Marquez G. Love in the time of cholera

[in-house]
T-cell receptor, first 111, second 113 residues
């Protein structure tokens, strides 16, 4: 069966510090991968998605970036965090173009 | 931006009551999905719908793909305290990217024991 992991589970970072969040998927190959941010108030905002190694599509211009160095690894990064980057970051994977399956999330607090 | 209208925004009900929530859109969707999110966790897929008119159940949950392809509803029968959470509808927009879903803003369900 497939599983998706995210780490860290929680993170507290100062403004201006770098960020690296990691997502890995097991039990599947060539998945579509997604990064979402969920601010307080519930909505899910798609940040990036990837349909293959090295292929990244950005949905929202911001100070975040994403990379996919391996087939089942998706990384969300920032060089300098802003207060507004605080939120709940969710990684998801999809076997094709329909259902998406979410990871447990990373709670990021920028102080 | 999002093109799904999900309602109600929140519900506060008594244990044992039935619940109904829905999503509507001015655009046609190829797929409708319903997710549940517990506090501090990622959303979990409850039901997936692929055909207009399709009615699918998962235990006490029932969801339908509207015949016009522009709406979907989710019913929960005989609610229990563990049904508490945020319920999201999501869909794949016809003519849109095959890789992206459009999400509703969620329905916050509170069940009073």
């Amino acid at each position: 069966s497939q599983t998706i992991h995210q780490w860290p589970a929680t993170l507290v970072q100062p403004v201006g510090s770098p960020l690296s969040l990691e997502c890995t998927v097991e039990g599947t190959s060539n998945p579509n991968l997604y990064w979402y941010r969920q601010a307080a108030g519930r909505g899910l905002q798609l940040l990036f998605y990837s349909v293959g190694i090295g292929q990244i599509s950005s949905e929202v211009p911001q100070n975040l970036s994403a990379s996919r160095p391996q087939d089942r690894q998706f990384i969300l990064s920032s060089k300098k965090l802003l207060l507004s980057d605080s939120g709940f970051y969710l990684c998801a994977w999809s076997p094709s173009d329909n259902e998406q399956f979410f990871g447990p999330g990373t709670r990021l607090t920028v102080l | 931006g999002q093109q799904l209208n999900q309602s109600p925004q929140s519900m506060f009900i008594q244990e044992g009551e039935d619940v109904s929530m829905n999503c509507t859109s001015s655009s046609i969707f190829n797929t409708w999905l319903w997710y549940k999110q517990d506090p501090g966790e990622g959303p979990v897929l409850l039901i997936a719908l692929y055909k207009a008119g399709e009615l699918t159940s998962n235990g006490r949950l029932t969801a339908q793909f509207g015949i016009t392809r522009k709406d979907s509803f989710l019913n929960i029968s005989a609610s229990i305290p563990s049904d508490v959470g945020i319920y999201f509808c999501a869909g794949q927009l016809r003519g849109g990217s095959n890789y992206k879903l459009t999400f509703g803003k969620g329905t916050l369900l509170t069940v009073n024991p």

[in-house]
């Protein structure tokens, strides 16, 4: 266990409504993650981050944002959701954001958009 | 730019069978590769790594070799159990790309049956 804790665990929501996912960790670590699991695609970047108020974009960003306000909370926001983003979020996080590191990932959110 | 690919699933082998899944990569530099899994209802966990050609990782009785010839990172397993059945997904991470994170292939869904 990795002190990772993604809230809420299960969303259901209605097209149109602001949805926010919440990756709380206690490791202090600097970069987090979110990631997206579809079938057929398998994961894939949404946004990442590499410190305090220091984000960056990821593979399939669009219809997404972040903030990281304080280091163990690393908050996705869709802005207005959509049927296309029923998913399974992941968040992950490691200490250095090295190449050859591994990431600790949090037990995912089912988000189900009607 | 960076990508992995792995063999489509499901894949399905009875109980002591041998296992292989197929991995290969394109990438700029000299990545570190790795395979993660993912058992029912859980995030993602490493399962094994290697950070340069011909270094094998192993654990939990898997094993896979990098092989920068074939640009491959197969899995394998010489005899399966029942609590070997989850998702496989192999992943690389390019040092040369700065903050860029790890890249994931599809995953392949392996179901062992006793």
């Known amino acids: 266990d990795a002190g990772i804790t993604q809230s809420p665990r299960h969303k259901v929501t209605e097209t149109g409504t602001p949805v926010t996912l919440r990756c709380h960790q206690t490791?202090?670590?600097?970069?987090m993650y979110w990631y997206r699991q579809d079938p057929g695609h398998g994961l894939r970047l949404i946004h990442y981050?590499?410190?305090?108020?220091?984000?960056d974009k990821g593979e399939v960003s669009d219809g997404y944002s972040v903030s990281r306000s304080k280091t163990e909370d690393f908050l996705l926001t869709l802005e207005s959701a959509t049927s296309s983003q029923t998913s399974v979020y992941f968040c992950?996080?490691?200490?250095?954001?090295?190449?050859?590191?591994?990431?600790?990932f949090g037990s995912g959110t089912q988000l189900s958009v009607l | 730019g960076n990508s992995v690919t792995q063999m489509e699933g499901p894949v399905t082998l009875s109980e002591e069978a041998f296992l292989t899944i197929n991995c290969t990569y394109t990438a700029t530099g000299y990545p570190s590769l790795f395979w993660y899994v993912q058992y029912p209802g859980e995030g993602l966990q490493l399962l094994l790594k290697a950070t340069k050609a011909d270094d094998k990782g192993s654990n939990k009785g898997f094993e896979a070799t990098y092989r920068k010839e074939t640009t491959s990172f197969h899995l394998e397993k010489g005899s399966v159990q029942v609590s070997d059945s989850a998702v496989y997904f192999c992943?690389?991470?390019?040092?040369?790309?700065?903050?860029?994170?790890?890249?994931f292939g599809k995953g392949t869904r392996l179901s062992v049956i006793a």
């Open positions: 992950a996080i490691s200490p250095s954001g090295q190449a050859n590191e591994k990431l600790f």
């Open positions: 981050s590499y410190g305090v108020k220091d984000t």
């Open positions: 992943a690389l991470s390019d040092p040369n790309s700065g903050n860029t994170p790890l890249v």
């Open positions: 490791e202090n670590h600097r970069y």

There are novels, like journeys, which you never want to end: this is one of them. One seventh of July at six in the afternoon, a woman of seventy-two and a man of seventy-eight ascend a gangplank and begin one of the greatest adventures in modern literature. The man is Florentino Ariza, President of the Caribbean Riverboat Company; the woman is his childhood sweetheart, the recently widowed Fermina Daza. She has earache. He is bald and lame. Their journey up-river, at an age when they can expect ‘nothing more in life’, holds out a shimmering promise: the consummation of an amor interruptus spanning half a century. Love in the Time of Cholera is one of the most uplifting romances of our times. An epiphany to late-flowering love, it holds out the subversive promise that you can have what you wish for: you may just have to wait. Set on the Colombian coast in the early part of this century, it is, arguably even more so than One Hundred Years of Solitude which won him the Nobel Prize, the crowning work of Gabriel García Márquez. ‘My best,’ he says of it. ‘The novel that was written from my gut.' Gabriel García Márquez was awarded the Nobel Prize for Literature in 1982.

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